I’ve seen the “Plan” process in real-time several times and it always follows roughly the same flow. Take for example the rapidly growing Midland States Bank. The C.E.O., Jeff Ludwig, and the President, Jeff Mefford had a hunch they did fairly well on CX, but they were on an acquisition spree and had no on-going formalized method to get concrete feedback from their growing customer base. They tapped Aaron Rios, Head of Operations, to get the ball rolling quickly set up governance and a series of actions of teams.

Provisional governance was composed of people from across the organization representing marketing, operations, human resource, retail operations, call center, and other areas across their business units. They selected Curiosity to help with their overall CX playbook, provide advice on internal communications and structure, as well as their metric strategy. As of this writing, they are in the process of deploying VOC metrics across the organization by business line and already generating value from the feedback they are getting on an ongoing basis.


This section has traditionally been the heart and soul of most CX programs, so much so that for some VOC and CX are used interchangeably (they are not the same thing). We use quite a bit of ink on this topic blending traditional market research principles with design thinking approaches. 

First stop in this process is understanding the market. No one has ‘one’ kind of customer; by understanding differences amongst groups and individuals you can further fine-tune both your products and communications. Even Customerthink has many different readers; folks from VOC, Call Center, Marketing, Technologists, and so forth. Understanding their difference (and similarities) is key to designing and delivering a good experience.

Partitioning the market by common needs is achieved through the orthodox market research methodology known as consumer segmentation. With that in hand, we turn to a more traditional topic in CX; Journey mapping. While familiar territory our approach is a bit different than others in that we incorporate segmentation into the methodology and philosophically view Journey Mapping not only as a way to understand the customer’s points of pain and opportunities but also as an organizational change catalyst. The act of getting folks in a room from disparate areas of an organization and working on journey mapping initiatives can result in magic for moving the organization forward.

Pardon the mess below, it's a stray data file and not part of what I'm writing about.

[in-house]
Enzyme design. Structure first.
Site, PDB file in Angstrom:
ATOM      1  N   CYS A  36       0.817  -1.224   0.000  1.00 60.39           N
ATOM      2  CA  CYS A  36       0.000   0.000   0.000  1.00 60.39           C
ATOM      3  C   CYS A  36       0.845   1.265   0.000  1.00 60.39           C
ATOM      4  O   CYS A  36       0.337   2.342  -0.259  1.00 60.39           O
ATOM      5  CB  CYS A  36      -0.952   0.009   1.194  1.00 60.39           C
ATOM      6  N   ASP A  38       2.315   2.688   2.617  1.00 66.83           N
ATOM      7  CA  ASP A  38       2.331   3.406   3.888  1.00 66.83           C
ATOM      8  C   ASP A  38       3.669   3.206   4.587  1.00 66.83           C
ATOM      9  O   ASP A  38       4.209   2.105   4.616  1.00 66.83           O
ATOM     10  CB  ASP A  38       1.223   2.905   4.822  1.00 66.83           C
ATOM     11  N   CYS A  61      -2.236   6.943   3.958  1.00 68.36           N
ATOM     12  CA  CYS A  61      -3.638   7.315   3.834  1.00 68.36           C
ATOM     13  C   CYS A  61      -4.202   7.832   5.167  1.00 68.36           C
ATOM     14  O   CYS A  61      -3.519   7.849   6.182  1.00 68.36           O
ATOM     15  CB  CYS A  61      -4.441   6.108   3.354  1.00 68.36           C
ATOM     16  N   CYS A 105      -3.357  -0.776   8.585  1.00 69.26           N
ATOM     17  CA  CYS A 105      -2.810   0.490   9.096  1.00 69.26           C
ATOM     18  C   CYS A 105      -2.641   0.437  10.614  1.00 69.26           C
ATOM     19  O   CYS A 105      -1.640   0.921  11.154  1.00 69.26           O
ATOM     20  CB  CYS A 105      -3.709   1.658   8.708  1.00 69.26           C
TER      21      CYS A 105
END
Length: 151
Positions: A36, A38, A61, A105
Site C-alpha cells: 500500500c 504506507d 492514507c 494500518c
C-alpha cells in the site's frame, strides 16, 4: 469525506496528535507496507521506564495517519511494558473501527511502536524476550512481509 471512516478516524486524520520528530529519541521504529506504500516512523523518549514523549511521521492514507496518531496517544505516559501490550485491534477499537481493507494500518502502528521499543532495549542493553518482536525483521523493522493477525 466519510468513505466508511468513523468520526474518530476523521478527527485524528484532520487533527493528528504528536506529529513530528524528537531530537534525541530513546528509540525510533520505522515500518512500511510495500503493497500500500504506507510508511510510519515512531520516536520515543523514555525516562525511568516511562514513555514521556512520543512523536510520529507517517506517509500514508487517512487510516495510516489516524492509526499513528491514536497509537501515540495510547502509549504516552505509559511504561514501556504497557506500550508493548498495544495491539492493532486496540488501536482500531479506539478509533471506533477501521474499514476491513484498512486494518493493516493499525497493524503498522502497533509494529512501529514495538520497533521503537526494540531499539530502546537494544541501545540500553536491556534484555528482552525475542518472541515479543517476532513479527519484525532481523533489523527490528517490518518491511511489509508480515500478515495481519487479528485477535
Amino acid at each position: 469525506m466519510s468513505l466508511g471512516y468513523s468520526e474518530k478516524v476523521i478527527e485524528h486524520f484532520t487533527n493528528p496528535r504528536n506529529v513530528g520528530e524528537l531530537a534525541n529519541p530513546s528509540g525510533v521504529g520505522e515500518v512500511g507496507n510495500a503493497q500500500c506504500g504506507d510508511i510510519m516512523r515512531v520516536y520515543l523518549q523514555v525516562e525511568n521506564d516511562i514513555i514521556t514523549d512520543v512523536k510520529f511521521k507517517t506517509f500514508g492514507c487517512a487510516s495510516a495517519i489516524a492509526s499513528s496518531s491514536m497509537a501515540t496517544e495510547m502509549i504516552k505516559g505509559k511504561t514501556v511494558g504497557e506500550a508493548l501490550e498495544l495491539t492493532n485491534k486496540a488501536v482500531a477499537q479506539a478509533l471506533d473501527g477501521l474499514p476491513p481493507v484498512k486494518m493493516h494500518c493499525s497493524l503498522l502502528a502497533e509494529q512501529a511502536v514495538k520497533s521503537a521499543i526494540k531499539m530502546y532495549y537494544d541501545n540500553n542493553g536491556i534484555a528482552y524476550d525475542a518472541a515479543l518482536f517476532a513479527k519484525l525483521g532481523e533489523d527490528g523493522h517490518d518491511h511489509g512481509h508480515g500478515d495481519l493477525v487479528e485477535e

One initiative we worked on for a grocery delivery initiative brought together at 7 departments from across the globe. Working together on the initiative from the eyes of the customer created many ‘oh wow’ moments in understanding what others were planning for their portion of the project. In essence, it helped everyone see the whole elephant and mitigated many missteps in the limited market launch.

We also spend a fair amount of time talking about metric strategy and architecture. We answer questions such as: What is a relationship study? What is a transactional study? How should they be organized and harmonized? What about text analytics? How does text analytics fit in? These are all questions we address in great detail through my usual juvenile parables and non-sequiturs.

Many in hospitality use basic segmentation well in their VOC programs. They look at business traveler vs. pleasure travelers and distinguish amongst their gold and platinum customers vs. those who just stay occasionally. In many cases, a small loyal base can make up the majority of the volume, and this happens often in hospitality. Splitting out your sample to understand differences in both needs and evaluations is not only motivational for your front line operators but also critical in knowing what assets to allocate to improve the customer experience.


Probably the most neglected aspect of CX is, ironically, doing anything with all the great information generated. Why? Because it is really hard, and it can seem almost overwhelming to unjam an organization stuck in well-worn ruts of the organizational inertia of we’ve-always-done-it-that-way-ism.